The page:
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Rachel Hestmark grew up in Portland. She never imagined she would be caught up in sex trafficking. But it happened all too easily. She says she was a naive, inexperienced 19-year-old who went with two new friends to California, where she thought they would spend a few weeks dancing at strip clubs and make some fast cash. She quickly learned she had been duped and was taken across the country. She was forced into prostitution and told her family would be hurt if she resisted. She says she wouldn't wish the experience on her worst enemy.
You don't have to die to go to hell.”
Hestmark says when she eventually got away and came home, she didn't feel she could tell anyone. At that time — in 1995 — she says, "They didn't recognize that you could be trafficked domestically. And because I wasn't trafficked internationally, they didn't have services for me."
Twenty years later, domestic sex trafficking is recognized, but many advocates say the problem is all too common, and still goes largely unnoticed.
Oregon state Rep. John Huffman (R-The Dalles) is sponsoring a package of bills aimed at curbing sex trafficking and child sex trafficking. He teamed up with a Milwaukie democrat, former Rep. Kathleen Taylor, who is picking up where her predecessor Carolyn Tomei left off when she retired.
Public health officials and victim advocates say while sex trafficking is a problem statewide, there's a wide perception that no such activity happens in rural areas.
Teri Thalhofer with North County Public Health says the women that come to her health clinic are often low income and vulnerable. She says she's heard anecdotally that women are brought in to the area and trafficked in the orchards to the migrant workers. Thalhofer says the medical staff at the clinic look for signs a woman is not in control of her sexual activity and try to make sure the women know what resources are available.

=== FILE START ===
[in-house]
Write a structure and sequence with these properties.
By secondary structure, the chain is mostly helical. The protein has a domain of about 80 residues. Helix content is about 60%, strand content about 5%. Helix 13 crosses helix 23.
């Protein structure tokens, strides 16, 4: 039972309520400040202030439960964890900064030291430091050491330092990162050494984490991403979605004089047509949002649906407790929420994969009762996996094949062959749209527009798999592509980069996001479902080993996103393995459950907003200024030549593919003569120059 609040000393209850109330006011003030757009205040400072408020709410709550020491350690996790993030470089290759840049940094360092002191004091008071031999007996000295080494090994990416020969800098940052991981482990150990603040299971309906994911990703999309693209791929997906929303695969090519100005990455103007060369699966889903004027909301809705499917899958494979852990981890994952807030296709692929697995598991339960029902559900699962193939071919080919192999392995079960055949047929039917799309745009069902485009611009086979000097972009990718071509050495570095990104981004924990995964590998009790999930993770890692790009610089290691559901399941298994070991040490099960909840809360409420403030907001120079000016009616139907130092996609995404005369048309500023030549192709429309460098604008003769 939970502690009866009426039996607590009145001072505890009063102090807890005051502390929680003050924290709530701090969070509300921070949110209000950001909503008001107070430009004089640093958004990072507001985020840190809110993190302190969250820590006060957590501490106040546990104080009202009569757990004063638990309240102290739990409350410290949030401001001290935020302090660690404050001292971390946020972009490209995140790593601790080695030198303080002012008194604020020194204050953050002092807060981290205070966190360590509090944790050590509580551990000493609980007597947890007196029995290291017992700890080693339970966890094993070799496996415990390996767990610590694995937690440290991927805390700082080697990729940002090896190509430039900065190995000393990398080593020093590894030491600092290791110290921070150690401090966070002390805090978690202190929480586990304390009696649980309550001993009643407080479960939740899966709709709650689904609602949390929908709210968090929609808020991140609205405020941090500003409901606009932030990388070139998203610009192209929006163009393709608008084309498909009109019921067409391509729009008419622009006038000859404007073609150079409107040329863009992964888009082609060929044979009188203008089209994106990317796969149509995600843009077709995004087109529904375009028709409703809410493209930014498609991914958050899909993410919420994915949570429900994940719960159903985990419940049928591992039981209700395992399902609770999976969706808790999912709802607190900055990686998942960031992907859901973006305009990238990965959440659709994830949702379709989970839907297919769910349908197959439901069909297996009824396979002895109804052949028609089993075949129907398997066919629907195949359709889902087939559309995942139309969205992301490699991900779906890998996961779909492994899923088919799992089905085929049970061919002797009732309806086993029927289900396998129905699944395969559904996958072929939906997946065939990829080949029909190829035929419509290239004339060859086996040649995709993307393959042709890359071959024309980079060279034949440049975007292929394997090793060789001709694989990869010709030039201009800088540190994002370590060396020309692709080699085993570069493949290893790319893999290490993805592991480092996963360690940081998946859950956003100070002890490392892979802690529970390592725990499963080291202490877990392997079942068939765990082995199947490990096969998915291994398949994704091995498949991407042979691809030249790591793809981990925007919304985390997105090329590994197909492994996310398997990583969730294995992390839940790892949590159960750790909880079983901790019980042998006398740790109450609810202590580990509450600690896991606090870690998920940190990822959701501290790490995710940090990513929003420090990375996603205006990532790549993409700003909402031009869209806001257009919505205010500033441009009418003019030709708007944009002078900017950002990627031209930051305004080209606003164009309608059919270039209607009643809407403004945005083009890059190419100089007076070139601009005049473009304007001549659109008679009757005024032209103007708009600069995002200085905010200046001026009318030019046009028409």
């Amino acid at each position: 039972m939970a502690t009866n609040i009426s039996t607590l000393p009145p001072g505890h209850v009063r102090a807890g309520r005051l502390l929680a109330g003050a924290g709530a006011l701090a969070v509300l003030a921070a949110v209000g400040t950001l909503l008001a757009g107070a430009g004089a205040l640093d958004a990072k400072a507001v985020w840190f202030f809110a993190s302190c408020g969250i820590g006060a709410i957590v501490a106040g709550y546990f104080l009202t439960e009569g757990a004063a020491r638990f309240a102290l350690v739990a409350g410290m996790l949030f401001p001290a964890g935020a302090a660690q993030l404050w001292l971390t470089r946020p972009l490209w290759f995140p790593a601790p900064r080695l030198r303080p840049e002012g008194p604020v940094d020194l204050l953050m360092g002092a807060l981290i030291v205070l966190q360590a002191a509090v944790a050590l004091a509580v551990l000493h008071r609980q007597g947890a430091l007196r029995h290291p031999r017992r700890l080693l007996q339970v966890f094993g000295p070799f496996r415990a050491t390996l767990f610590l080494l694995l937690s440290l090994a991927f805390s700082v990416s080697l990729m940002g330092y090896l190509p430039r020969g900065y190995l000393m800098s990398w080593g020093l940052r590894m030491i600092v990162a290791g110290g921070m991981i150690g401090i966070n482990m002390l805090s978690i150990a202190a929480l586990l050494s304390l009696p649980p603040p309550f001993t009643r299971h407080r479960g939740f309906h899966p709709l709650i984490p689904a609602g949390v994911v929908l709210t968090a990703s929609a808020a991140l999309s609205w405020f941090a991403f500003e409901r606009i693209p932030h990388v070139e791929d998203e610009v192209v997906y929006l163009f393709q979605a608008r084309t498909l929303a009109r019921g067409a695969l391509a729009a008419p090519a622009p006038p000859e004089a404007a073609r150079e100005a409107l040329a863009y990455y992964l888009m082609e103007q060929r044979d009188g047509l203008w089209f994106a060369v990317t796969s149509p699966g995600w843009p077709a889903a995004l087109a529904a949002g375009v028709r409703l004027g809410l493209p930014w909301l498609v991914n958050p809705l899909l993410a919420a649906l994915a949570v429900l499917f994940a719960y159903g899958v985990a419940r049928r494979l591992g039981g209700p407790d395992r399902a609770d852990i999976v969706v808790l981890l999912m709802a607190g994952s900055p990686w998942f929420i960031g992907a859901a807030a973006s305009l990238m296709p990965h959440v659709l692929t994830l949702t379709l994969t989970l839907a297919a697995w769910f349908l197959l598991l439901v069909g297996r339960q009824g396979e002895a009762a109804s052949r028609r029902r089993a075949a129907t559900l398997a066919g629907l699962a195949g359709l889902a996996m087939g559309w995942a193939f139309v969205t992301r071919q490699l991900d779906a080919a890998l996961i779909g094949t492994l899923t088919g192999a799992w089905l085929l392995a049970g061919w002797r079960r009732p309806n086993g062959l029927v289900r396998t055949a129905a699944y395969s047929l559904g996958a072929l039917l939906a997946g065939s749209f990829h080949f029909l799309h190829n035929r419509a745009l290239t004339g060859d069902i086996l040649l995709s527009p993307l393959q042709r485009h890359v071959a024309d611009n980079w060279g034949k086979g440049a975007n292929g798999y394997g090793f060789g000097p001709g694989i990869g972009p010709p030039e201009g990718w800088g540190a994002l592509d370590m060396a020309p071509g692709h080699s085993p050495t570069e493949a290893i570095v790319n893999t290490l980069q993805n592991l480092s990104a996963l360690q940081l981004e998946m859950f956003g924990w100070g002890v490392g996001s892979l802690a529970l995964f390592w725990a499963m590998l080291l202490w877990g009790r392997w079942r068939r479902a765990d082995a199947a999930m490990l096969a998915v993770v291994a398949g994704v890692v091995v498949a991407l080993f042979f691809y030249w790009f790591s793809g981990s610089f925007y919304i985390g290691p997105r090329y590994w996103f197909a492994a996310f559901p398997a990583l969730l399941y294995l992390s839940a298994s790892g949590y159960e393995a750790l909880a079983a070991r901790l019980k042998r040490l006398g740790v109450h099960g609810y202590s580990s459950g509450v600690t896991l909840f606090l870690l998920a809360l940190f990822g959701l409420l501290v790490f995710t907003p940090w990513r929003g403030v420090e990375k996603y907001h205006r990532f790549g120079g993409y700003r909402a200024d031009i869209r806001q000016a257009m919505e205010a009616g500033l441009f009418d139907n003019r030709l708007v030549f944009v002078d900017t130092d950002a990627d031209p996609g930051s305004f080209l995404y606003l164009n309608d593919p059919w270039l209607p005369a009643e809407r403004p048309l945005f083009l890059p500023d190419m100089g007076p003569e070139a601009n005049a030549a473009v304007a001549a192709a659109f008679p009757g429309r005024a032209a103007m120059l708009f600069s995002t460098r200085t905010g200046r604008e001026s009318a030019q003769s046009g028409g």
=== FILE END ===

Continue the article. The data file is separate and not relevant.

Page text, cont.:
Lori Rosebraugh is the only Oregon State Police detective for much of District 59. She says she doesn't know that sex trafficking is happening, but she can't say for sure that it's not either.
That's why Rosebraugh says, more resources for training are needed to "make sure that all of the officers are receiving the same training." She says, "I know that our younger officers receive just a splash of training (in this area)."
Rosebraugh says she thinks it's possible that if more officers were available, they'd be better able to respond to more incidents or more closely analyze incidents. But for now, the regional law enforcement is focused on the Portland metro area, where most sex trafficking is concentrated.
Gwen Paulson is a sexual assault advocate at Haven in The Dalles. She say there are unique challenges serving rural areas. For one thing, she says, victims just don't have access to the same resources that are available in a metro area like Portland.
The distance, she says, can be isolating: "We serve Wasco, Sherman, Wheeler and Gilliam counties. And some of those places are two hours away. I mean, that's a day trip to go to a support group or to go to come in for services."
On the other hand, Paulson says, being a small organization in a rural area also means they have flexibility with how they use the resources available. She says when she first started at Haven a few years ago, they weren't asking all the questions about sexual violence they do today. She says there's always room for improvement, but she feels hopeful about more resources for victims in the future.